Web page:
HISTART 355-001

The Miraculous and the Diabolical in Late Medieval and Early Modern Europe

180 Tappan
TTh 1-2:30pm
3 Credit Lecture

In this course we will investigate 'supernatural' phenomena in the visual arts: divine acts, miracles, magic, and sorcery. We will be interested in how and why people in late medieval and early modern Europe distinguished between the 'supernatural' and the 'natural', as well as the extreme fluidity of these terms. We will investigate how certain 'supernatural' occurrences were considered to have been caused by God, saints, and holy men and women, while others were said to be the work of the devil, demons, sorcerers, witches, and tricksters. A variety of artistic media and genres will be studied: narrative paintings, prints, miraculous images, votive objects, relics and reliquaries, incantations, and prayers. We will also be interested in how conceptions about the miraculous and diabolical were applied to artists and to works of art: the 'divine' Michelangelo was compared to the supreme animator, God; figures of devils in paintings were defaced in order to prevent evil forces from acting through the images. Our inquiry will extend beyond the boundaries of Europe and consider modern day experiences for comparative purposes.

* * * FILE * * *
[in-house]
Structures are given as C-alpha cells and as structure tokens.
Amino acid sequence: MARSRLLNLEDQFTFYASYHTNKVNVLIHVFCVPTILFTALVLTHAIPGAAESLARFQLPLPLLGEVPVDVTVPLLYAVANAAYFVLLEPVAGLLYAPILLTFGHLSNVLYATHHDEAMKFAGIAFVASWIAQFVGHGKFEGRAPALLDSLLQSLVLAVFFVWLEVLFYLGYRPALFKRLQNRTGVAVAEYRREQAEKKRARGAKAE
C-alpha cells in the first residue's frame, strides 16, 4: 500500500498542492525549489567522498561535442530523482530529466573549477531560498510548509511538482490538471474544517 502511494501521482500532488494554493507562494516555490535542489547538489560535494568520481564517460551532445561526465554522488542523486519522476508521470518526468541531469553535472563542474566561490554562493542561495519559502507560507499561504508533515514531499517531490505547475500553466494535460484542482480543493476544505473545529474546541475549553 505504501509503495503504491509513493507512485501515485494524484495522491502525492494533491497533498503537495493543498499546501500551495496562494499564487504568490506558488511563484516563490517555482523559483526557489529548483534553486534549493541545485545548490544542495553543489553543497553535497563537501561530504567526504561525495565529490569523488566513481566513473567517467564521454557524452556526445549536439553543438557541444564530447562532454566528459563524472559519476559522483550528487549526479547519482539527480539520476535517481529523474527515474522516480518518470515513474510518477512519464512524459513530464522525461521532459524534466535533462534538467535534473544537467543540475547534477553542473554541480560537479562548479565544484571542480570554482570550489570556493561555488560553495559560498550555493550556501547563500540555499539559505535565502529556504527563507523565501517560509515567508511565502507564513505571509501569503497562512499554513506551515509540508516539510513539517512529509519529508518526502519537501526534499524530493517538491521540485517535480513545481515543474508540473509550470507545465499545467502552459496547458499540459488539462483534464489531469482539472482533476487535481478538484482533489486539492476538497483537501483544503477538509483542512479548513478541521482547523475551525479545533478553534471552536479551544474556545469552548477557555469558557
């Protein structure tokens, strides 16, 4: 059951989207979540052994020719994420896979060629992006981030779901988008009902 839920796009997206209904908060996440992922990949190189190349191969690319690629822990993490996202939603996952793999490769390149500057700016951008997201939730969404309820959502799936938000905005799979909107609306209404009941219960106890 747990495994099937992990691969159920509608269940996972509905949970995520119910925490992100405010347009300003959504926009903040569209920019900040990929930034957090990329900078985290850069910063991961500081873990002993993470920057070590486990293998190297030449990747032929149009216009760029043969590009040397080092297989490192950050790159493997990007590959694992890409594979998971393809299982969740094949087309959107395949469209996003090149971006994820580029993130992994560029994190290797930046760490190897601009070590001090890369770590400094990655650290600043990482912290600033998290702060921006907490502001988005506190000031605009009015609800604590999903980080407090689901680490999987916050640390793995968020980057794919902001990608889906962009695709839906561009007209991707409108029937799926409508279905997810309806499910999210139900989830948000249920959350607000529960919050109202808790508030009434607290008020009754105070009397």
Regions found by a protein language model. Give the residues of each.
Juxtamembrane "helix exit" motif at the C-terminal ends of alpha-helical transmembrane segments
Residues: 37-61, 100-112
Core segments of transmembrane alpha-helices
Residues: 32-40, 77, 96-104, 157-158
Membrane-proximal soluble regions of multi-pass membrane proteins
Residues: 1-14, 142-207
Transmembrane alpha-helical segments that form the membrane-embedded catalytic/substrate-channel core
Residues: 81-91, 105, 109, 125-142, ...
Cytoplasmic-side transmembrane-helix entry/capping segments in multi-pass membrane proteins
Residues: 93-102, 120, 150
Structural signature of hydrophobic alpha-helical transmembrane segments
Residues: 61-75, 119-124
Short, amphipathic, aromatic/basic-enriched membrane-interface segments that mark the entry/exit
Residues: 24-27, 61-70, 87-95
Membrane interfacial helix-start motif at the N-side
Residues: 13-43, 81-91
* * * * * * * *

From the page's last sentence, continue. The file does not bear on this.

Textbooks/Other Materials: Articles will be posted on Canvas

Course Requirements: There will be a mid-term exam, a final exam, two reading response papers, and a required 'creative project' that will not be graded.

Intended Audience: All students welcome, no prior art history necessary

Class Format: Lecture

Estimated Cost of Materials: $0-50

HISTART Distribution Requirements: D. Europe and the US, 2. Medieval, 3. Early Modern

This course fulfils the LSA Humanities Distribution requirement